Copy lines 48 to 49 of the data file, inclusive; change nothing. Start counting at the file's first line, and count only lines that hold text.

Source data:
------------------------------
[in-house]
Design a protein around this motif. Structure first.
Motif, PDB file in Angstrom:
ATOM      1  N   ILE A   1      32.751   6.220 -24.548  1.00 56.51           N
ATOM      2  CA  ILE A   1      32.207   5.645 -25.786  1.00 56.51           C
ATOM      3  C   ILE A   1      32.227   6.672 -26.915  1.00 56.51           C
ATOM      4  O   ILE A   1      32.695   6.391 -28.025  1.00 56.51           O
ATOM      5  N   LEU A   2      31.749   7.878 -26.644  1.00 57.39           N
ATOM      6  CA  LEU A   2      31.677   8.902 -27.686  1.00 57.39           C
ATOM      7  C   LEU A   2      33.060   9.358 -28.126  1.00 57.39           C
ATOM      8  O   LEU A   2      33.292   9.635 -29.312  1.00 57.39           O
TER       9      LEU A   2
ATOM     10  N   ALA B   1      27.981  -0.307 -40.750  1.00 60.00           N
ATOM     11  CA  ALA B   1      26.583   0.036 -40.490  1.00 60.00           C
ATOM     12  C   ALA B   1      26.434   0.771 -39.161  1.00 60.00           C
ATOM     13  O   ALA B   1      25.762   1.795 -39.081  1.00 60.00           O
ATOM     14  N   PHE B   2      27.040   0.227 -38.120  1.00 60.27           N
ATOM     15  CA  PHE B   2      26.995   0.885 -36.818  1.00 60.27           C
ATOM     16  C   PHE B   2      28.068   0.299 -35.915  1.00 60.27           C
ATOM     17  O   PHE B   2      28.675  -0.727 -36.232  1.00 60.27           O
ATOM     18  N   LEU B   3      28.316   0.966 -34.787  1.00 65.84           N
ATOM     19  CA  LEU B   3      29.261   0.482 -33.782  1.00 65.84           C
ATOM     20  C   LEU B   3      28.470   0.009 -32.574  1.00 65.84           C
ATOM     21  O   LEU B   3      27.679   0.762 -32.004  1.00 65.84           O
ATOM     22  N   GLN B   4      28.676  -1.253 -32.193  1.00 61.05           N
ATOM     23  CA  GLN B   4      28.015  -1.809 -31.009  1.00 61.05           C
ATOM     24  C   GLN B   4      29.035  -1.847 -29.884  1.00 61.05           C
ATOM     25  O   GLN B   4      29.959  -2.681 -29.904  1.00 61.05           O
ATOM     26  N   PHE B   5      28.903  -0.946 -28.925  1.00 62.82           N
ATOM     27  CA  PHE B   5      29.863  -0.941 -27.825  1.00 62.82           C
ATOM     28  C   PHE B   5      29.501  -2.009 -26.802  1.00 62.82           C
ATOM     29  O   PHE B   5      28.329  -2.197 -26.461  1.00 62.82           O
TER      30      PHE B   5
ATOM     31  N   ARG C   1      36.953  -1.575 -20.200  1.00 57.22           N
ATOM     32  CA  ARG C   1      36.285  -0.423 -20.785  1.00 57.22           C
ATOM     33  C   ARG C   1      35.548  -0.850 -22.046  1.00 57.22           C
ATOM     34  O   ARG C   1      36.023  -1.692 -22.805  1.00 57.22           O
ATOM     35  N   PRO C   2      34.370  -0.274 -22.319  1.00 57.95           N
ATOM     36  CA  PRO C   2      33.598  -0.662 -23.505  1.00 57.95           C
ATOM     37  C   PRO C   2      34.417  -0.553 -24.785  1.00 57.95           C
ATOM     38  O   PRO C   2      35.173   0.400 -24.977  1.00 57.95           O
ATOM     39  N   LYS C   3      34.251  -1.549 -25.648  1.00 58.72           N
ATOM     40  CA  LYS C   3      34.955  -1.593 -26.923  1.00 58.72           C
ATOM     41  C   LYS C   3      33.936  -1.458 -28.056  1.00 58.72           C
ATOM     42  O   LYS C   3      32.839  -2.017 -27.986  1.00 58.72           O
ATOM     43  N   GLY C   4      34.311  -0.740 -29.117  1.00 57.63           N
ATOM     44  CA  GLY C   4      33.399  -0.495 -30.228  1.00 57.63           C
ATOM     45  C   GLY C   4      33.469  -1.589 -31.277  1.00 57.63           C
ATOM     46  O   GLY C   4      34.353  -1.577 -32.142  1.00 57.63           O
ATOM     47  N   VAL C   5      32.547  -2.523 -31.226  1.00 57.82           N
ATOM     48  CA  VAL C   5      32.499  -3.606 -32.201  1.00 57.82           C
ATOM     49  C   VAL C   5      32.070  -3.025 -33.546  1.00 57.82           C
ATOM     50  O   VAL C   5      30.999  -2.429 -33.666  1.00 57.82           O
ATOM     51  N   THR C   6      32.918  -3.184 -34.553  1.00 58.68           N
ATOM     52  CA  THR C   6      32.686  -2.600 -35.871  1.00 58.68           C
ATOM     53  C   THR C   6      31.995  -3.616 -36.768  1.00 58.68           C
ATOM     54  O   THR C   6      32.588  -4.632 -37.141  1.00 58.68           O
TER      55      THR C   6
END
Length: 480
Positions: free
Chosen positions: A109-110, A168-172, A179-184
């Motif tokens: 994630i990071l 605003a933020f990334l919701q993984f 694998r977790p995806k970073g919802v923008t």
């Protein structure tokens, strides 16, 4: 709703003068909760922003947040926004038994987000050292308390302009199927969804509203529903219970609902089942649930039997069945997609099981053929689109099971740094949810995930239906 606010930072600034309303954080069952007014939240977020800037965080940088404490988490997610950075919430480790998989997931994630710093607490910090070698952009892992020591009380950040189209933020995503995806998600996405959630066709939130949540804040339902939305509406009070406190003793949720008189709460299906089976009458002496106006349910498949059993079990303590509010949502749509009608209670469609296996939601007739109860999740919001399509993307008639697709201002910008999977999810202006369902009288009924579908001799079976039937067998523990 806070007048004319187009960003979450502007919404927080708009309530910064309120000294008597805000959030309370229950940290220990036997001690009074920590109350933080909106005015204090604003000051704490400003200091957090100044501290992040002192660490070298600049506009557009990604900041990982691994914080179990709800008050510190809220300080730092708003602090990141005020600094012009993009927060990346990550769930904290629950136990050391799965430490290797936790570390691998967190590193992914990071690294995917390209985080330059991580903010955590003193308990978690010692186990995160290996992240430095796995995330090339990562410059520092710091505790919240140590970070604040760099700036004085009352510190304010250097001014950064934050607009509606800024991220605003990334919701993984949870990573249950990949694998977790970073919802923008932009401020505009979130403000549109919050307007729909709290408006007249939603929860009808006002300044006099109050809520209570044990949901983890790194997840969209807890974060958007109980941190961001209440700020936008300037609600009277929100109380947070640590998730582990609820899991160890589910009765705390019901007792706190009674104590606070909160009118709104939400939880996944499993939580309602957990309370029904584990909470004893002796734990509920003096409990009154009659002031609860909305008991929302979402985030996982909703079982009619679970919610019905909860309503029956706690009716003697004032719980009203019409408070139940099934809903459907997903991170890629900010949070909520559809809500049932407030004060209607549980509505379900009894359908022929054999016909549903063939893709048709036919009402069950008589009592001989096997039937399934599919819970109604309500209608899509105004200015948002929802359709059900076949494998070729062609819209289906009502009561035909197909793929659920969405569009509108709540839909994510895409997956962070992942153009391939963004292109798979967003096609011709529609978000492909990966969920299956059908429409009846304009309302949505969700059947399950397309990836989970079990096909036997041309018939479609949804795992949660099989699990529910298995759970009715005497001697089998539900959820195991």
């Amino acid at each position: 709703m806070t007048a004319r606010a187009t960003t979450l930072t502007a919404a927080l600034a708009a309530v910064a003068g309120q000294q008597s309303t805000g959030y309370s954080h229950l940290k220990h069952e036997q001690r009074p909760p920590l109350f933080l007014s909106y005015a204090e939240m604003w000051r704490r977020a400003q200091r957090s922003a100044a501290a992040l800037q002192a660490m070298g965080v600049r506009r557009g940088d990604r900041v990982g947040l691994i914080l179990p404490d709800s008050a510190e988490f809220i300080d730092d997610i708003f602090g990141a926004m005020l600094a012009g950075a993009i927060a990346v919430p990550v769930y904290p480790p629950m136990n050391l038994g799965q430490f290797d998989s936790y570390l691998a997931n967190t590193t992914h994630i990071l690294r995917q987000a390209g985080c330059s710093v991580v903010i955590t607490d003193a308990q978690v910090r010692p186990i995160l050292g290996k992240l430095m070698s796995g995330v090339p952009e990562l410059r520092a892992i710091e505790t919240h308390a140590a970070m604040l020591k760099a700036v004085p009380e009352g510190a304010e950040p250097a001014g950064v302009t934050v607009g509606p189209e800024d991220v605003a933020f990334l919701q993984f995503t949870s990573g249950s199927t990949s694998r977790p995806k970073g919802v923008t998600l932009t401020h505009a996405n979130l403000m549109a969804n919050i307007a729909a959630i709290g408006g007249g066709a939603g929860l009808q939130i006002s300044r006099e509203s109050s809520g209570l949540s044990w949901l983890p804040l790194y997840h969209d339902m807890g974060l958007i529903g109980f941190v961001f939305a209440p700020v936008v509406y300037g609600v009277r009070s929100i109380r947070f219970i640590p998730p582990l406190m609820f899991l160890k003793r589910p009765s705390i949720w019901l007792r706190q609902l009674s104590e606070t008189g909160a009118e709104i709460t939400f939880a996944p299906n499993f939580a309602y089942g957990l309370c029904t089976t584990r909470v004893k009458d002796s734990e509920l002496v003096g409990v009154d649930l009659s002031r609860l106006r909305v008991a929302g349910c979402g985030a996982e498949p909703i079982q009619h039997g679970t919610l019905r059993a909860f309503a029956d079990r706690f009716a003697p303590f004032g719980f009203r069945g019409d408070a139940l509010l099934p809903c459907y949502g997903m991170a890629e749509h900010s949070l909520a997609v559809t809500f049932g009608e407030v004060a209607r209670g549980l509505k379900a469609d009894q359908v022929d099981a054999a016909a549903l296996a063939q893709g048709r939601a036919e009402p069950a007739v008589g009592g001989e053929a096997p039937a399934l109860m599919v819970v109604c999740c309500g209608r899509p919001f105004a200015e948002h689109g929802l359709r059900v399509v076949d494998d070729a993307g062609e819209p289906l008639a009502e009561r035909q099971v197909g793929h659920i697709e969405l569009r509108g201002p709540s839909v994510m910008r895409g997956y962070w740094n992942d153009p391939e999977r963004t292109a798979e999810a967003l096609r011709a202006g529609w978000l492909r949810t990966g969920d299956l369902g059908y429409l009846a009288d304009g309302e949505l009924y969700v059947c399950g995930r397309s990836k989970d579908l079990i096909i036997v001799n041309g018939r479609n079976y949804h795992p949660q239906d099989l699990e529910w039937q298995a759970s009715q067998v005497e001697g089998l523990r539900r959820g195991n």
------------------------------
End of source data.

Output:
ATOM     45  C   GLY C   4      33.469  -1.589 -31.277  1.00 57.63           C
ATOM     46  O   GLY C   4      34.353  -1.577 -32.142  1.00 57.63           O